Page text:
A Good Bet for New Jersey?
On August 25, 2015, a three-judge panel for the U.S. Court of Appeals denied New Jersey’s proposed repeal of its sports betting prohibition even though, as New Jersey proposed, a lift of the ban would be limited to casinos and racetracks. The Court asserted that New Jersey’s proposal was a clear violation of the Professional and Amateur Sports Protection Act of 1992 (PASPA), legislation passed to prevent corruption of athletes and coaches. PASPA prohibits states from authorizing sports gambling, precisely what the New Jersey law permits. New Jersey’s primary interest in lifting the prohibition is, of course, money. Sports betting, New Jersey hoped, would revitalize struggling Atlantic City casinos.
A win for New Jersey not only would have brought in tremendous money, but also would have opened the floodgates for other states to follow suit. But since the Court ruled against the state, it is reasonable to expect that no other state has a chance to make its own case. However, strangely, the Court essentially outlined exactly how other states should proceed in challenging PASPA in its decision. “‘We agree that, had [New Jersey’s] 2014 Law repealed all prohibition on sports gambling,”—i.e. repealed not just the bans on casinos and racetracks—“‘we would be hard-pressed…to find an ‘authorizing by law’ in violation of PASPA.’” Thus, any state that wishes to repeal its own ban on sports betting can do so in the manner the Court has recommended. It is unclear why the Court would include a blatant loophole, especially when such a comment was unnecessary to explain their rejection of New Jersey’s proposition.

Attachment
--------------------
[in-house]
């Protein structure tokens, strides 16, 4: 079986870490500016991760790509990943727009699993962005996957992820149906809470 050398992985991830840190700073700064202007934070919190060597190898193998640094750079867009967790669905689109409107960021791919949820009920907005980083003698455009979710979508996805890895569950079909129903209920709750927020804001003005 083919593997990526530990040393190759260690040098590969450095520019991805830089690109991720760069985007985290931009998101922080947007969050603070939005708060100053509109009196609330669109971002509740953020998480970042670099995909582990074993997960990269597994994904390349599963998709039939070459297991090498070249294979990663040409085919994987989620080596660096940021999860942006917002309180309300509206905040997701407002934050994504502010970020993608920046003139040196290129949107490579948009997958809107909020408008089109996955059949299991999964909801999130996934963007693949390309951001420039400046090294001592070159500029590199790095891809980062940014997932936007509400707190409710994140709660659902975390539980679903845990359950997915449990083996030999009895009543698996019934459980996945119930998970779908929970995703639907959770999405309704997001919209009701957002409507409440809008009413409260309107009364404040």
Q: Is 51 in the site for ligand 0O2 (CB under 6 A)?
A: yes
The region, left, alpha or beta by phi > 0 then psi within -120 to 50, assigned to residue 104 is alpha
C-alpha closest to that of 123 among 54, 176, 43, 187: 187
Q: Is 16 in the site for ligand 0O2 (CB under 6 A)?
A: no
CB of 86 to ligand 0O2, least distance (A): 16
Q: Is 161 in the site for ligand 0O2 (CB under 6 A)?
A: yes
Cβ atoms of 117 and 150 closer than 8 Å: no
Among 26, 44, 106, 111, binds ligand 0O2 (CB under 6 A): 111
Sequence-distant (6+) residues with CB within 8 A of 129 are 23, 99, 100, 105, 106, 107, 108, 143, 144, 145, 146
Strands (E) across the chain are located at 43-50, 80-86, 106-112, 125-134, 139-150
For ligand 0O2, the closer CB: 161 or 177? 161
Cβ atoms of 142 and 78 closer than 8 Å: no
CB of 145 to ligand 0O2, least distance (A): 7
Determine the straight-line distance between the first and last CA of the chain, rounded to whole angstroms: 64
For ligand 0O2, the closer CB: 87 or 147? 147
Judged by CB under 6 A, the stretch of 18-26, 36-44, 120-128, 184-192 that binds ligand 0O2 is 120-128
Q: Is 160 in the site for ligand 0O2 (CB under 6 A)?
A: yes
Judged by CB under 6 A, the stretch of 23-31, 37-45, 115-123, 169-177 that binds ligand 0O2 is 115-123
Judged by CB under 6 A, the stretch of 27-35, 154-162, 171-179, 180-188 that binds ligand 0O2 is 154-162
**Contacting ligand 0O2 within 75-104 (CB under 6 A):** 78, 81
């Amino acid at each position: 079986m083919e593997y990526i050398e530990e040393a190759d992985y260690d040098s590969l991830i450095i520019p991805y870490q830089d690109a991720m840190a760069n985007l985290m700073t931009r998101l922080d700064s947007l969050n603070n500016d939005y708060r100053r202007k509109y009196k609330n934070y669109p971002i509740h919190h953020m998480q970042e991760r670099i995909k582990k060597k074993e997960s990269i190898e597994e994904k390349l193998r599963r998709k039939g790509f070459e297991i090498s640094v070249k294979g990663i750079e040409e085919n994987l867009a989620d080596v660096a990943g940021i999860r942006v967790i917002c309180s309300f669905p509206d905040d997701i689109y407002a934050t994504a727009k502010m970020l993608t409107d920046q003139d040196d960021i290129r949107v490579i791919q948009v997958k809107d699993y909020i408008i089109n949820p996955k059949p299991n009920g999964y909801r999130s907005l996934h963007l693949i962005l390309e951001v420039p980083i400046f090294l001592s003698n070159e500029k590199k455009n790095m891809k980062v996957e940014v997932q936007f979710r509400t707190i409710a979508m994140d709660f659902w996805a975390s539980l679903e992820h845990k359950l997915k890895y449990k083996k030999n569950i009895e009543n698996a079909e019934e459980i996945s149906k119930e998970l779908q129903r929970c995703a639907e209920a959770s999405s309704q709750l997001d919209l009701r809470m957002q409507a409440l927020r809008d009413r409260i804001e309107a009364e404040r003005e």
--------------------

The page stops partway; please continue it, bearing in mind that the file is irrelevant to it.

The sports world is, in large part (if not virtually completely), controlled by money. Sports betting is inextricably linked with tremendous money. As such, we may see the day when the guarantee of the money that comes with sports betting outweighs the possibility of corrupt athletes and coaches. Particularly if other major sports leagues commissioners join NBA’s Adam Silver in his support for nationwide legal sports betting, a complete overhaul of sports betting, and the nature of sports in general, may be closer than imagined despite this recent ruling.
- Samantha Albanese